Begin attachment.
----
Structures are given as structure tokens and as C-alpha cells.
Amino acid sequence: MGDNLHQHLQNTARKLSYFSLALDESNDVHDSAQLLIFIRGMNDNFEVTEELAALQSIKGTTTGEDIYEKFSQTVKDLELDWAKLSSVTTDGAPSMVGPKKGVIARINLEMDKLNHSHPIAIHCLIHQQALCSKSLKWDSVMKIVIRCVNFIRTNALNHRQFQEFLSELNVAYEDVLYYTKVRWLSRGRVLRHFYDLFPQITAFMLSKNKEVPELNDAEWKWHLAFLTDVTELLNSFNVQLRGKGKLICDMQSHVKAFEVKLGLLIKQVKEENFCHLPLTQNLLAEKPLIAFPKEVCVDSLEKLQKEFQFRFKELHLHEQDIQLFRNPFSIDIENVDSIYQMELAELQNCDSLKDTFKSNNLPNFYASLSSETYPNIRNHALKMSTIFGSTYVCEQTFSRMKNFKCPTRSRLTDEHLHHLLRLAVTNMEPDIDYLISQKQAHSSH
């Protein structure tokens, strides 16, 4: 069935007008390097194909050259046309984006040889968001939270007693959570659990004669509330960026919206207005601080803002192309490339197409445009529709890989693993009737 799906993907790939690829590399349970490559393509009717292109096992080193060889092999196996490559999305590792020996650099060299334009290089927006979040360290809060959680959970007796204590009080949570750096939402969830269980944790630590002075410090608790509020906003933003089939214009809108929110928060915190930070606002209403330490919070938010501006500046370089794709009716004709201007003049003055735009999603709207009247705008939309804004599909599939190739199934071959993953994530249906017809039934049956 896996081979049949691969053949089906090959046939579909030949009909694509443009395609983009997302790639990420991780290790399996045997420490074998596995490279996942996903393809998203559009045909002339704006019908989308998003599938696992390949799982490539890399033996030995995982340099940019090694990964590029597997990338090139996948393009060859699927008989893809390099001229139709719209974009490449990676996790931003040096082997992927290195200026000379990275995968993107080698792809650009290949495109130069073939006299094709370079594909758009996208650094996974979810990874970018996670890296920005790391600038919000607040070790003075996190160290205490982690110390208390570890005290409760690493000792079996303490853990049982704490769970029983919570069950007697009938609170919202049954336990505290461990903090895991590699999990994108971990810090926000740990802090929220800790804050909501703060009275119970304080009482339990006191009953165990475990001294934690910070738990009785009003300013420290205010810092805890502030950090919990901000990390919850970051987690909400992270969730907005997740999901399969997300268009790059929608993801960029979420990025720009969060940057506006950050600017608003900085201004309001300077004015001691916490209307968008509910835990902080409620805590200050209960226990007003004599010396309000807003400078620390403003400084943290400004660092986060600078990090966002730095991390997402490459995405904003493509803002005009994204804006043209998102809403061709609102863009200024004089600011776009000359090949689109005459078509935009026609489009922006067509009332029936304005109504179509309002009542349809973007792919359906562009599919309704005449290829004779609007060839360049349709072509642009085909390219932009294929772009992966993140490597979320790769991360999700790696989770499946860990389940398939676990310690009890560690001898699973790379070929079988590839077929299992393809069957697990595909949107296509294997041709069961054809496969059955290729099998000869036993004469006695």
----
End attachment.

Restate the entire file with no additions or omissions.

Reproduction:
Structures are given as structure tokens and as C-alpha cells.
Amino acid sequence: MGDNLHQHLQNTARKLSYFSLALDESNDVHDSAQLLIFIRGMNDNFEVTEELAALQSIKGTTTGEDIYEKFSQTVKDLELDWAKLSSVTTDGAPSMVGPKKGVIARINLEMDKLNHSHPIAIHCLIHQQALCSKSLKWDSVMKIVIRCVNFIRTNALNHRQFQEFLSELNVAYEDVLYYTKVRWLSRGRVLRHFYDLFPQITAFMLSKNKEVPELNDAEWKWHLAFLTDVTELLNSFNVQLRGKGKLICDMQSHVKAFEVKLGLLIKQVKEENFCHLPLTQNLLAEKPLIAFPKEVCVDSLEKLQKEFQFRFKELHLHEQDIQLFRNPFSIDIENVDSIYQMELAELQNCDSLKDTFKSNNLPNFYASLSSETYPNIRNHALKMSTIFGSTYVCEQTFSRMKNFKCPTRSRLTDEHLHHLLRLAVTNMEPDIDYLISQKQAHSSH
């Protein structure tokens, strides 16, 4: 069935007008390097194909050259046309984006040889968001939270007693959570659990004669509330960026919206207005601080803002192309490339197409445009529709890989693993009737 799906993907790939690829590399349970490559393509009717292109096992080193060889092999196996490559999305590792020996650099060299334009290089927006979040360290809060959680959970007796204590009080949570750096939402969830269980944790630590002075410090608790509020906003933003089939214009809108929110928060915190930070606002209403330490919070938010501006500046370089794709009716004709201007003049003055735009999603709207009247705008939309804004599909599939190739199934071959993953994530249906017809039934049956 896996081979049949691969053949089906090959046939579909030949009909694509443009395609983009997302790639990420991780290790399996045997420490074998596995490279996942996903393809998203559009045909002339704006019908989308998003599938696992390949799982490539890399033996030995995982340099940019090694990964590029597997990338090139996948393009060859699927008989893809390099001229139709719209974009490449990676996790931003040096082997992927290195200026000379990275995968993107080698792809650009290949495109130069073939006299094709370079594909758009996208650094996974979810990874970018996670890296920005790391600038919000607040070790003075996190160290205490982690110390208390570890005290409760690493000792079996303490853990049982704490769970029983919570069950007697009938609170919202049954336990505290461990903090895991590699999990994108971990810090926000740990802090929220800790804050909501703060009275119970304080009482339990006191009953165990475990001294934690910070738990009785009003300013420290205010810092805890502030950090919990901000990390919850970051987690909400992270969730907005997740999901399969997300268009790059929608993801960029979420990025720009969060940057506006950050600017608003900085201004309001300077004015001691916490209307968008509910835990902080409620805590200050209960226990007003004599010396309000807003400078620390403003400084943290400004660092986060600078990090966002730095991390997402490459995405904003493509803002005009994204804006043209998102809403061709609102863009200024004089600011776009000359090949689109005459078509935009026609489009922006067509009332029936304005109504179509309002009542349809973007792919359906562009599919309704005449290829004779609007060839360049349709072509642009085909390219932009294929772009992966993140490597979320790769991360999700790696989770499946860990389940398939676990310690009890560690001898699973790379070929079988590839077929299992393809069957697990595909949107296509294997041709069961054809496969059955290729099998000869036993004469006695």